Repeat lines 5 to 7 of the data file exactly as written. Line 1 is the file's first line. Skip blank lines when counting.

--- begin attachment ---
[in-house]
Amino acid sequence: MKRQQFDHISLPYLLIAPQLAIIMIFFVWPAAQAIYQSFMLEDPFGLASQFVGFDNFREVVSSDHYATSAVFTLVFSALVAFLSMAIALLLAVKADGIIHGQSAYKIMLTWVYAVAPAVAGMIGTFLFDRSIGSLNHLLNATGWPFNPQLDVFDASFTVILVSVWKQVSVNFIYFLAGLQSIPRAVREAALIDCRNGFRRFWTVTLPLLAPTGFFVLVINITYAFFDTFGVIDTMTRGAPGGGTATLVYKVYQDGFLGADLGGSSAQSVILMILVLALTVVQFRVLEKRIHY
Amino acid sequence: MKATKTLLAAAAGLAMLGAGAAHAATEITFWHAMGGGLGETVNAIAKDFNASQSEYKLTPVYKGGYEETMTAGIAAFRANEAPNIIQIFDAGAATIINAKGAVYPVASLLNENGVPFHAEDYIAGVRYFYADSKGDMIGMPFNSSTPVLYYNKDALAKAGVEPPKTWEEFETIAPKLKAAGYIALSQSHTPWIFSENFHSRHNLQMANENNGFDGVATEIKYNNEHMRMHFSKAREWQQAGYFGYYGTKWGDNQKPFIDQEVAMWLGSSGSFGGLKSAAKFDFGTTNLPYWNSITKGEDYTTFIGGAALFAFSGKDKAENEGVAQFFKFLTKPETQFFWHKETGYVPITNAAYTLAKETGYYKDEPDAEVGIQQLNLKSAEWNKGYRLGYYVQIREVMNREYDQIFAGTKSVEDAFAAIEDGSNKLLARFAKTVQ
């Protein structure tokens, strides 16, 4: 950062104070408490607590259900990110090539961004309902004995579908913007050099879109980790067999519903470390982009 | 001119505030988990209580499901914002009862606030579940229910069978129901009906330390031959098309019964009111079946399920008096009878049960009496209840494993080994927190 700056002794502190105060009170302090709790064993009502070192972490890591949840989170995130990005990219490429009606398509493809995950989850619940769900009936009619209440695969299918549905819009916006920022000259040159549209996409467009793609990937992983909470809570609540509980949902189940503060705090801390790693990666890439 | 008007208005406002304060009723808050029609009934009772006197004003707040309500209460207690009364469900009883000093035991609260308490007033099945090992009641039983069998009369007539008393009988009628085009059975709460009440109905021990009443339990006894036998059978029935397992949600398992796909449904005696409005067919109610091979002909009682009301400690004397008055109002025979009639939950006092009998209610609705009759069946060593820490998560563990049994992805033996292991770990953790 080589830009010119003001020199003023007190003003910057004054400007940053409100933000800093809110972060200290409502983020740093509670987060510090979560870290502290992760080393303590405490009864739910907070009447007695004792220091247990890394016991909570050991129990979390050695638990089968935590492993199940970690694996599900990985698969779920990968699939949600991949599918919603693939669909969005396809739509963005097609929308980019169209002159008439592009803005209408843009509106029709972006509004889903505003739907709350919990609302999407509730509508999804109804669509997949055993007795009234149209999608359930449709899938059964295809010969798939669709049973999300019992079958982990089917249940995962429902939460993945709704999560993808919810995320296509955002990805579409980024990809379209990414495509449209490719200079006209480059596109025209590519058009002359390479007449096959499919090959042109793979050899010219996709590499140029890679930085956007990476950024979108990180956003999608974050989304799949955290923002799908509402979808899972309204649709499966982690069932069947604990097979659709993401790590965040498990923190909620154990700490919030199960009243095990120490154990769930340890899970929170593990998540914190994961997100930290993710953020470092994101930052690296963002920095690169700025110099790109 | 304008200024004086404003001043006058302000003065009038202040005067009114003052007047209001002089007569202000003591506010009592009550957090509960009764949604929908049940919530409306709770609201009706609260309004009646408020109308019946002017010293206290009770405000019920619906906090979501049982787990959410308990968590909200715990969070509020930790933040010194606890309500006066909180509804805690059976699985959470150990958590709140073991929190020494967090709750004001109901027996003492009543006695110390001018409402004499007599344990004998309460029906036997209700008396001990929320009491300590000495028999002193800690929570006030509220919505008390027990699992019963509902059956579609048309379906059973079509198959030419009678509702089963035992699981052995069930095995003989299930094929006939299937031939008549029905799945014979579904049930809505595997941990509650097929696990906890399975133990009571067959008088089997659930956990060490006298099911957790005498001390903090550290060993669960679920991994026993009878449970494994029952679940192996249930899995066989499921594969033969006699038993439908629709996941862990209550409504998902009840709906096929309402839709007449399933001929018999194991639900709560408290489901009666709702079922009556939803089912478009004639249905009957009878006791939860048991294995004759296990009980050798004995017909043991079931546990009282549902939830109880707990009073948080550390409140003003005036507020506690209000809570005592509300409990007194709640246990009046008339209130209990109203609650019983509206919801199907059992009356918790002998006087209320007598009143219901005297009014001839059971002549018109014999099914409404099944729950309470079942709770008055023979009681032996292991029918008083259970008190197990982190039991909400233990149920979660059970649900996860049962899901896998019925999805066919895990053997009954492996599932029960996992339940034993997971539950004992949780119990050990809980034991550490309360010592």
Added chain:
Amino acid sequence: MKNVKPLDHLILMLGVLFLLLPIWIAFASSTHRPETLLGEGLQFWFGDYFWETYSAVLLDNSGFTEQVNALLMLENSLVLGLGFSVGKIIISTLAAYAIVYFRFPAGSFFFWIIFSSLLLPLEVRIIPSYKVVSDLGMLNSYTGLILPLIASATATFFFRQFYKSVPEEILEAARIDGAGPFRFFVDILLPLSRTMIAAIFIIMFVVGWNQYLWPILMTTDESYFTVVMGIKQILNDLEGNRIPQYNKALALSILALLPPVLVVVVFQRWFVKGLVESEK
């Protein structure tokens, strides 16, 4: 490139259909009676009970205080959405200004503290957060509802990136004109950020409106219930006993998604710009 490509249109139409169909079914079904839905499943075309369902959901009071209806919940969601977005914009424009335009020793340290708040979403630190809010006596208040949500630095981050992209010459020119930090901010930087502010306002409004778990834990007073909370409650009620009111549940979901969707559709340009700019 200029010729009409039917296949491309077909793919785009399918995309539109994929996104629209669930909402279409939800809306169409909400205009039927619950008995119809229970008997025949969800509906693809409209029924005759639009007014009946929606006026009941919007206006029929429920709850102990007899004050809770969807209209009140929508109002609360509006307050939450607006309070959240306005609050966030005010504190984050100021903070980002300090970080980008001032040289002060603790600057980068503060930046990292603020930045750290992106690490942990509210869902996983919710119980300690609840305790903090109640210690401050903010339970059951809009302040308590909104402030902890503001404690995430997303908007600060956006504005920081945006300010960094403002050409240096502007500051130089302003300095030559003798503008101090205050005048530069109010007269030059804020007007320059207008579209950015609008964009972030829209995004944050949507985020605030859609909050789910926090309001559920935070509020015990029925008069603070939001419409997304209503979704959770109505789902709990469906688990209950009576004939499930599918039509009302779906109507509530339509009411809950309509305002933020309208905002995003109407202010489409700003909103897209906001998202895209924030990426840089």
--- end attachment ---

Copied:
Added chain:
Amino acid sequence: MKNVKPLDHLILMLGVLFLLLPIWIAFASSTHRPETLLGEGLQFWFGDYFWETYSAVLLDNSGFTEQVNALLMLENSLVLGLGFSVGKIIISTLAAYAIVYFRFPAGSFFFWIIFSSLLLPLEVRIIPSYKVVSDLGMLNSYTGLILPLIASATATFFFRQFYKSVPEEILEAARIDGAGPFRFFVDILLPLSRTMIAAIFIIMFVVGWNQYLWPILMTTDESYFTVVMGIKQILNDLEGNRIPQYNKALALSILALLPPVLVVVVFQRWFVKGLVESEK
């Protein structure tokens, strides 16, 4: 490139259909009676009970205080959405200004503290957060509802990136004109950020409106219930006993998604710009 490509249109139409169909079914079904839905499943075309369902959901009071209806919940969601977005914009424009335009020793340290708040979403630190809010006596208040949500630095981050992209010459020119930090901010930087502010306002409004778990834990007073909370409650009620009111549940979901969707559709340009700019 200029010729009409039917296949491309077909793919785009399918995309539109994929996104629209669930909402279409939800809306169409909400205009039927619950008995119809229970008997025949969800509906693809409209029924005759639009007014009946929606006026009941919007206006029929429920709850102990007899004050809770969807209209009140929508109002609360509006307050939450607006309070959240306005609050966030005010504190984050100021903070980002300090970080980008001032040289002060603790600057980068503060930046990292603020930045750290992106690490942990509210869902996983919710119980300690609840305790903090109640210690401050903010339970059951809009302040308590909104402030902890503001404690995430997303908007600060956006504005920081945006300010960094403002050409240096502007500051130089302003300095030559003798503008101090205050005048530069109010007269030059804020007007320059207008579209950015609008964009972030829209995004944050949507985020605030859609909050789910926090309001559920935070509020015990029925008069603070939001419409997304209503979704959770109505789902709990469906688990209950009576004939499930599918039509009302779906109507509530339509009411809950309509305002933020309208905002995003109407202010489409700003909103897209906001998202895209924030990426840089």